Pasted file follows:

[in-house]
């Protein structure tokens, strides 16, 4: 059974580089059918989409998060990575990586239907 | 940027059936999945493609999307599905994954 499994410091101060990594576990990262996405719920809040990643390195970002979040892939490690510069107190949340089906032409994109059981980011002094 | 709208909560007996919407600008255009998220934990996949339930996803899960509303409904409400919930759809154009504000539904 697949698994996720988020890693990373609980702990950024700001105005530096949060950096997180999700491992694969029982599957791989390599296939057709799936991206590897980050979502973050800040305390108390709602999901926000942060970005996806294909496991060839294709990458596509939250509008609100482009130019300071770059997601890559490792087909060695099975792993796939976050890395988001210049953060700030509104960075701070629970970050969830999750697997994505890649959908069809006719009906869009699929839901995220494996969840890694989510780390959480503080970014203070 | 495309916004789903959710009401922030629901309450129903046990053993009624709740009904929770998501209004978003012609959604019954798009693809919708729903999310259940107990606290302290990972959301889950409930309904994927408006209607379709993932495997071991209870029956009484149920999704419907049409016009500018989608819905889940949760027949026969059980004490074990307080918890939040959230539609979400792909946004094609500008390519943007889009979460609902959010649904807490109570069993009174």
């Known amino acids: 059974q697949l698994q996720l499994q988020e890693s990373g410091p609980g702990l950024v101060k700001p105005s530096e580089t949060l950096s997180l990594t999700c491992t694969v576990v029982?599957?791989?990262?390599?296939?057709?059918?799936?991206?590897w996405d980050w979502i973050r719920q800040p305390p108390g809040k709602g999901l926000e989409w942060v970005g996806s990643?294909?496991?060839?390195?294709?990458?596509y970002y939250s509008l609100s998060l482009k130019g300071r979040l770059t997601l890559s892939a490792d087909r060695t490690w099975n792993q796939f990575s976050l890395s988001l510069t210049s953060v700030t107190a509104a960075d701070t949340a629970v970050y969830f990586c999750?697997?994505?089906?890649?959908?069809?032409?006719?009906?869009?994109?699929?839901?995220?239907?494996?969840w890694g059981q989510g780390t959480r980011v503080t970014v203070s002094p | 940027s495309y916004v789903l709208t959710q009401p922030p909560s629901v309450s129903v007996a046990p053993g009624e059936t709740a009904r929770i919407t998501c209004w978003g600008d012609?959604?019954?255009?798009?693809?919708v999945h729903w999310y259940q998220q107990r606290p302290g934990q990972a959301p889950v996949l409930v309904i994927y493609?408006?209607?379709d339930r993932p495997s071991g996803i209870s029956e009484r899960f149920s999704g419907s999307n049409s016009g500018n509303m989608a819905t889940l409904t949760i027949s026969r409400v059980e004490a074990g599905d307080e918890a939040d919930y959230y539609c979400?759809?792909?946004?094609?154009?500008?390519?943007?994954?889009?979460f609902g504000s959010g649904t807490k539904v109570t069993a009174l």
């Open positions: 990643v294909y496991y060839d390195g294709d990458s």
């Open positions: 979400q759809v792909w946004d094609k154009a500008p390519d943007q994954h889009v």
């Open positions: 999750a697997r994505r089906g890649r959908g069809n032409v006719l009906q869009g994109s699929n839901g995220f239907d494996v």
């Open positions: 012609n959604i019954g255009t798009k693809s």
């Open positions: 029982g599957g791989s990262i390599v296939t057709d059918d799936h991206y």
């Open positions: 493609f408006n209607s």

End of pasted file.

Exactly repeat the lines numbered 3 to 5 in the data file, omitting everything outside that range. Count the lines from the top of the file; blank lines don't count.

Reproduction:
């Known amino acids: 059974q697949l698994q996720l499994q988020e890693s990373g410091p609980g702990l950024v101060k700001p105005s530096e580089t949060l950096s997180l990594t999700c491992t694969v576990v029982?599957?791989?990262?390599?296939?057709?059918?799936?991206?590897w996405d980050w979502i973050r719920q800040p305390p108390g809040k709602g999901l926000e989409w942060v970005g996806s990643?294909?496991?060839?390195?294709?990458?596509y970002y939250s509008l609100s998060l482009k130019g300071r979040l770059t997601l890559s892939a490792d087909r060695t490690w099975n792993q796939f990575s976050l890395s988001l510069t210049s953060v700030t107190a509104a960075d701070t949340a629970v970050y969830f990586c999750?697997?994505?089906?890649?959908?069809?032409?006719?009906?869009?994109?699929?839901?995220?239907?494996?969840w890694g059981q989510g780390t959480r980011v503080t970014v203070s002094p | 940027s495309y916004v789903l709208t959710q009401p922030p909560s629901v309450s129903v007996a046990p053993g009624e059936t709740a009904r929770i919407t998501c209004w978003g600008d012609?959604?019954?255009?798009?693809?919708v999945h729903w999310y259940q998220q107990r606290p302290g934990q990972a959301p889950v996949l409930v309904i994927y493609?408006?209607?379709d339930r993932p495997s071991g996803i209870s029956e009484r899960f149920s999704g419907s999307n049409s016009g500018n509303m989608a819905t889940l409904t949760i027949s026969r409400v059980e004490a074990g599905d307080e918890a939040d919930y959230y539609c979400?759809?792909?946004?094609?154009?500008?390519?943007?994954?889009?979460f609902g504000s959010g649904t807490k539904v109570t069993a009174l």
């Open positions: 990643v294909y496991y060839d390195g294709d990458s």
């Open positions: 979400q759809v792909w946004d094609k154009a500008p390519d943007q994954h889009v």